“Jesus called them to Himself and said to them, ‘You know that those who are considered rulers over the Gentiles lord it over them, and their great ones exercise authority over them. Yet it shall not be so among you; but whoever desires to become great among you shall be your servant. And whoever of you desires to be first shall be slave of all. For even the Son of Man did not come to be served, but to serve, and to give His life a ransom for many.’ ” Mark 10:42-45
“If I don’t look out for myself then who will?”
This question, or one of similar import, has been frequently asked by people over the ages. Usually it’s accompanied by the questioners efforts to secure happiness and prosperity for oneself and the cooperation of others to the same end. Some have been able to command this cooperation while others have had to negotiate or in some manner purchase it. Since most people have considered the accumulation of possessions and money necessary for securing happiness the preferred means of getting it has been to command it rather than purchase it.
The disciples, like most of us, if we’re honest with our selves, we’re of this prevailing attitude and believed that when Jesus ascended to his throne they would be elevated with him and they would be able to command their share of followers as they secured their happiness.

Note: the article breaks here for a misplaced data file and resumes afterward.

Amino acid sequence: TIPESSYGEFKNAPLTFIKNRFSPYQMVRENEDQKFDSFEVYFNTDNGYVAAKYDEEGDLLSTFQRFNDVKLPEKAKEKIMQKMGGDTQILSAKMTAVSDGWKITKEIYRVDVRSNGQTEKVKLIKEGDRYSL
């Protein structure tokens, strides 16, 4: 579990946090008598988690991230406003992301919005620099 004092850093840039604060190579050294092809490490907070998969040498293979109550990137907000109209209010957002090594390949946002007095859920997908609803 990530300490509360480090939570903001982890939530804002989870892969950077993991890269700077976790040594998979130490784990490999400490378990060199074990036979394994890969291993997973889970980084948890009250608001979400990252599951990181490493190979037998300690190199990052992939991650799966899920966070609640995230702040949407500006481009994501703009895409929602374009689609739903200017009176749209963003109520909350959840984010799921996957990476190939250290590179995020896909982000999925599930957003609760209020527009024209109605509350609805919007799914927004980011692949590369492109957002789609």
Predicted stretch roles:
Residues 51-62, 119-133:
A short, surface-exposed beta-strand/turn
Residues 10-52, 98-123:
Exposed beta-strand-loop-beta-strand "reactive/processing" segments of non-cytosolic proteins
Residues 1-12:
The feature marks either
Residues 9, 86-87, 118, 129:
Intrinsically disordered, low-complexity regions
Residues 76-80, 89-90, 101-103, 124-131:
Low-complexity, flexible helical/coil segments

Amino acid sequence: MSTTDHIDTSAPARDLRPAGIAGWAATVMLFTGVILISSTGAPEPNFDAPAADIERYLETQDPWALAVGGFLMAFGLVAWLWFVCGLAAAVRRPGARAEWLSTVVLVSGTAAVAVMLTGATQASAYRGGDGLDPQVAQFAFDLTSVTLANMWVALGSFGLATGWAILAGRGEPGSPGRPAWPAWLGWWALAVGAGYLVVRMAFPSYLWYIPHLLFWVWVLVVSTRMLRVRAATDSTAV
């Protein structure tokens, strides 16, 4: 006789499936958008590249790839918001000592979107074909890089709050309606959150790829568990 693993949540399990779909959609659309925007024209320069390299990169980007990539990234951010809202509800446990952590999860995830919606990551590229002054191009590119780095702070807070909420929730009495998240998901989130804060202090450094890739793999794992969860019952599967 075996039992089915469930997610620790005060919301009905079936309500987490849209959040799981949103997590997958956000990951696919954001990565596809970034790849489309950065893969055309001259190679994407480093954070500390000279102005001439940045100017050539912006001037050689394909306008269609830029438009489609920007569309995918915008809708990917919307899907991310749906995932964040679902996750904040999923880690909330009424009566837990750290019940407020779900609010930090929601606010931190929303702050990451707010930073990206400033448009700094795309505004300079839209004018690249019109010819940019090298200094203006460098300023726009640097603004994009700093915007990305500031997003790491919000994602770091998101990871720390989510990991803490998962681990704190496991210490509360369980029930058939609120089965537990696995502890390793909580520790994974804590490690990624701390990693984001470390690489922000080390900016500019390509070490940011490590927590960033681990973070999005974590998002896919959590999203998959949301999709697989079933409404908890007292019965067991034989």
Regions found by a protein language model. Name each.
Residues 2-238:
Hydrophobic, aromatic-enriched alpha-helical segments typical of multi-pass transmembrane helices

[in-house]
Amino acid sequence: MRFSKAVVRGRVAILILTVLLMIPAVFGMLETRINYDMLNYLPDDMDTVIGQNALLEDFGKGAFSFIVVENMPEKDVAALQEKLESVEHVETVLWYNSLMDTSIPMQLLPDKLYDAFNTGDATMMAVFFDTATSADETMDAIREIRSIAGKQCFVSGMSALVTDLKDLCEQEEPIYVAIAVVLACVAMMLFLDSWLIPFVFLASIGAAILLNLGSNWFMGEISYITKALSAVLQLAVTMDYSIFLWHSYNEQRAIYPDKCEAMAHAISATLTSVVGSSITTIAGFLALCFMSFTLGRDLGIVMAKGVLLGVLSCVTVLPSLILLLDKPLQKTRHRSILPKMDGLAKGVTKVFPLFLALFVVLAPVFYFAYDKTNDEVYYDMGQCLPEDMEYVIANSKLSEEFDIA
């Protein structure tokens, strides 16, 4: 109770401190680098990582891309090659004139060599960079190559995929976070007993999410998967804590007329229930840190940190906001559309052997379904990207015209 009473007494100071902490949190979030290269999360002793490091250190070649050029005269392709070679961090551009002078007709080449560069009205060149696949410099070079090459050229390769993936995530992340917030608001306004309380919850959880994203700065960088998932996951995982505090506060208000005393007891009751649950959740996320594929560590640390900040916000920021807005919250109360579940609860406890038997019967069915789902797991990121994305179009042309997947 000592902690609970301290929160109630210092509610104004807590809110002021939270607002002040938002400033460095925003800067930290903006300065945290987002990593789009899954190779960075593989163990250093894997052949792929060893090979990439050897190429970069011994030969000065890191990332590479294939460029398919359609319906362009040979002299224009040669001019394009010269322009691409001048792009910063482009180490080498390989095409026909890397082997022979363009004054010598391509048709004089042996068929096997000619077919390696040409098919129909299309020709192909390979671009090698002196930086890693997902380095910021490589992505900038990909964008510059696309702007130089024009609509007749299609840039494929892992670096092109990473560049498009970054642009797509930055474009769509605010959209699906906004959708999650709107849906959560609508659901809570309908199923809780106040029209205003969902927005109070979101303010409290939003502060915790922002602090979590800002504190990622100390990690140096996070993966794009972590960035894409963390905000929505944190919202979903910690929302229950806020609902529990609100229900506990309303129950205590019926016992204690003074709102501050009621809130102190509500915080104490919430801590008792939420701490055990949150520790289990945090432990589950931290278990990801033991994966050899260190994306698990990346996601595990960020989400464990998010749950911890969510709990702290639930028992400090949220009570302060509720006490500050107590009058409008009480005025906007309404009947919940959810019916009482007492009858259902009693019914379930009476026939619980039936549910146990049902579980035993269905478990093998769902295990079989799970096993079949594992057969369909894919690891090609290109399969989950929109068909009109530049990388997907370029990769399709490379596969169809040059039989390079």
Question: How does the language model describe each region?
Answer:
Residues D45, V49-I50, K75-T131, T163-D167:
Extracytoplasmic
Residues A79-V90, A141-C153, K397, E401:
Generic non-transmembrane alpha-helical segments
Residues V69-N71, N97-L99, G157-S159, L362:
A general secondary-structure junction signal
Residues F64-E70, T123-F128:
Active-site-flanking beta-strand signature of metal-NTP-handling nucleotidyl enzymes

But where does happiness come from? Does it come from the accumulation of things?
If you look at the rates of suicide you’ll find that the highest rates of occurrence is among the wealthy and privileged. Countries where poverty is more the norm than the exception have very little incidence of suicide.
The reason why possessions don’t bring happiness is because God hasn’t made our hearts to need them. Our hearts were created to need God and the fellowship of those that God has created.
It’s the sin in our hearts that causes us to try and substitute a relationship with things for a relationship with God. And since sin only brings us death and destruction the pursuit of the accumulation things can never bring us true and lasting happiness.
But building relationships by serving God and others can and will bring joy into the heart.